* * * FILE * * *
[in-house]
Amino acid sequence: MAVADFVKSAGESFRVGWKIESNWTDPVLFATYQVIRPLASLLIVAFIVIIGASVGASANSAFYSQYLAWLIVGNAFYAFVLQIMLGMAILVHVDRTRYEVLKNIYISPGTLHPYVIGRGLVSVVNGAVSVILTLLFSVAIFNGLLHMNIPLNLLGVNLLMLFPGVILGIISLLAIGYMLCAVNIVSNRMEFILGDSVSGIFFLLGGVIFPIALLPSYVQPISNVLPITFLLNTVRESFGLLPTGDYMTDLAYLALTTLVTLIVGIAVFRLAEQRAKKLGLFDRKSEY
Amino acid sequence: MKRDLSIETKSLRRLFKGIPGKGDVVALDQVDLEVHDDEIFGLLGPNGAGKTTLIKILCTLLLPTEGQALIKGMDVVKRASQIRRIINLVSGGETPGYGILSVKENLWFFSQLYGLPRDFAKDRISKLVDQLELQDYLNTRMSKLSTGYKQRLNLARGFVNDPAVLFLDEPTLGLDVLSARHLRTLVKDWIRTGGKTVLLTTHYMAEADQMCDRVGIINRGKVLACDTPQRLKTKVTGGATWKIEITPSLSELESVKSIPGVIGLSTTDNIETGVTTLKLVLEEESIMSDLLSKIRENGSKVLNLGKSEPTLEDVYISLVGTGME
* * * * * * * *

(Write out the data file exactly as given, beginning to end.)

[in-house]
Amino acid sequence: MAVADFVKSAGESFRVGWKIESNWTDPVLFATYQVIRPLASLLIVAFIVIIGASVGASANSAFYSQYLAWLIVGNAFYAFVLQIMLGMAILVHVDRTRYEVLKNIYISPGTLHPYVIGRGLVSVVNGAVSVILTLLFSVAIFNGLLHMNIPLNLLGVNLLMLFPGVILGIISLLAIGYMLCAVNIVSNRMEFILGDSVSGIFFLLGGVIFPIALLPSYVQPISNVLPITFLLNTVRESFGLLPTGDYMTDLAYLALTTLVTLIVGIAVFRLAEQRAKKLGLFDRKSEY
Amino acid sequence: MKRDLSIETKSLRRLFKGIPGKGDVVALDQVDLEVHDDEIFGLLGPNGAGKTTLIKILCTLLLPTEGQALIKGMDVVKRASQIRRIINLVSGGETPGYGILSVKENLWFFSQLYGLPRDFAKDRISKLVDQLELQDYLNTRMSKLSTGYKQRLNLARGFVNDPAVLFLDEPTLGLDVLSARHLRTLVKDWIRTGGKTVLLTTHYMAEADQMCDRVGIINRGKVLACDTPQRLKTKVTGGATWKIEITPSLSELESVKSIPGVIGLSTTDNIETGVTTLKLVLEEESIMSDLLSKIRENGSKVLNLGKSEPTLEDVYISLVGTGME